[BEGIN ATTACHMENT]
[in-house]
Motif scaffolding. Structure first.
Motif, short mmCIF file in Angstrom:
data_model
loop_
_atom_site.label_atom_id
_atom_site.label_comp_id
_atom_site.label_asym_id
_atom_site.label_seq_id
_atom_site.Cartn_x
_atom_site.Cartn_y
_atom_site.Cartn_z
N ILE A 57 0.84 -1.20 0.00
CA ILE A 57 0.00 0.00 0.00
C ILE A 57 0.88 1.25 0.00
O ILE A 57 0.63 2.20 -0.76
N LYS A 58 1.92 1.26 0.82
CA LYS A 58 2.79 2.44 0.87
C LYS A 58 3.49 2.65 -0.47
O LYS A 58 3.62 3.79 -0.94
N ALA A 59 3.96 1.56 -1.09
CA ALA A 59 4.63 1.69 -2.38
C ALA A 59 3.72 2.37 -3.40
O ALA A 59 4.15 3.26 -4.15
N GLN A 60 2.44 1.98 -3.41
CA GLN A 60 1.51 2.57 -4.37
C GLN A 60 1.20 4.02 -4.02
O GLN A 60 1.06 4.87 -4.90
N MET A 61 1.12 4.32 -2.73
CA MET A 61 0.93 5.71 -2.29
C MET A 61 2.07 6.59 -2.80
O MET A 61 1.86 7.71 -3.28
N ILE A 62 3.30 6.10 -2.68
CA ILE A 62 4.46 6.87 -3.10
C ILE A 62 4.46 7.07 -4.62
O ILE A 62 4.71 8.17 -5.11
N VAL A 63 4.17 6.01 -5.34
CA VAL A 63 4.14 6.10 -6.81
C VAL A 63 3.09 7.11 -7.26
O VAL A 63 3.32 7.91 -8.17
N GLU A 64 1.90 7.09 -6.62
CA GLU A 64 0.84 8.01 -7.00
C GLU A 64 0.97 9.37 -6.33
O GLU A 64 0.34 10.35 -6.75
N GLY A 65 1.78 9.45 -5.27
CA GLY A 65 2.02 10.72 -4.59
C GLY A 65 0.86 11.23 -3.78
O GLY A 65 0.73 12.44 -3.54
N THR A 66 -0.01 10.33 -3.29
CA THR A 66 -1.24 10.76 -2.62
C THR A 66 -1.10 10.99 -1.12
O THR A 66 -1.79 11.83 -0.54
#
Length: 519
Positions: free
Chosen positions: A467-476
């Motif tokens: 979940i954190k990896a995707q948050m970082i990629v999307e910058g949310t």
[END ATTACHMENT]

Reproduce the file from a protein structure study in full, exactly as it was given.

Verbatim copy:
[in-house]
Motif scaffolding. Structure first.
Motif, short mmCIF file in Angstrom:
data_model
loop_
_atom_site.label_atom_id
_atom_site.label_comp_id
_atom_site.label_asym_id
_atom_site.label_seq_id
_atom_site.Cartn_x
_atom_site.Cartn_y
_atom_site.Cartn_z
N ILE A 57 0.84 -1.20 0.00
CA ILE A 57 0.00 0.00 0.00
C ILE A 57 0.88 1.25 0.00
O ILE A 57 0.63 2.20 -0.76
N LYS A 58 1.92 1.26 0.82
CA LYS A 58 2.79 2.44 0.87
C LYS A 58 3.49 2.65 -0.47
O LYS A 58 3.62 3.79 -0.94
N ALA A 59 3.96 1.56 -1.09
CA ALA A 59 4.63 1.69 -2.38
C ALA A 59 3.72 2.37 -3.40
O ALA A 59 4.15 3.26 -4.15
N GLN A 60 2.44 1.98 -3.41
CA GLN A 60 1.51 2.57 -4.37
C GLN A 60 1.20 4.02 -4.02
O GLN A 60 1.06 4.87 -4.90
N MET A 61 1.12 4.32 -2.73
CA MET A 61 0.93 5.71 -2.29
C MET A 61 2.07 6.59 -2.80
O MET A 61 1.86 7.71 -3.28
N ILE A 62 3.30 6.10 -2.68
CA ILE A 62 4.46 6.87 -3.10
C ILE A 62 4.46 7.07 -4.62
O ILE A 62 4.71 8.17 -5.11
N VAL A 63 4.17 6.01 -5.34
CA VAL A 63 4.14 6.10 -6.81
C VAL A 63 3.09 7.11 -7.26
O VAL A 63 3.32 7.91 -8.17
N GLU A 64 1.90 7.09 -6.62
CA GLU A 64 0.84 8.01 -7.00
C GLU A 64 0.97 9.37 -6.33
O GLU A 64 0.34 10.35 -6.75
N GLY A 65 1.78 9.45 -5.27
CA GLY A 65 2.02 10.72 -4.59
C GLY A 65 0.86 11.23 -3.78
O GLY A 65 0.73 12.44 -3.54
N THR A 66 -0.01 10.33 -3.29
CA THR A 66 -1.24 10.76 -2.62
C THR A 66 -1.10 10.99 -1.12
O THR A 66 -1.79 11.83 -0.54
#
Length: 519
Positions: free
Chosen positions: A467-476
């Motif tokens: 979940i954190k990896a995707q948050m970082i990629v999307e910058g949310t």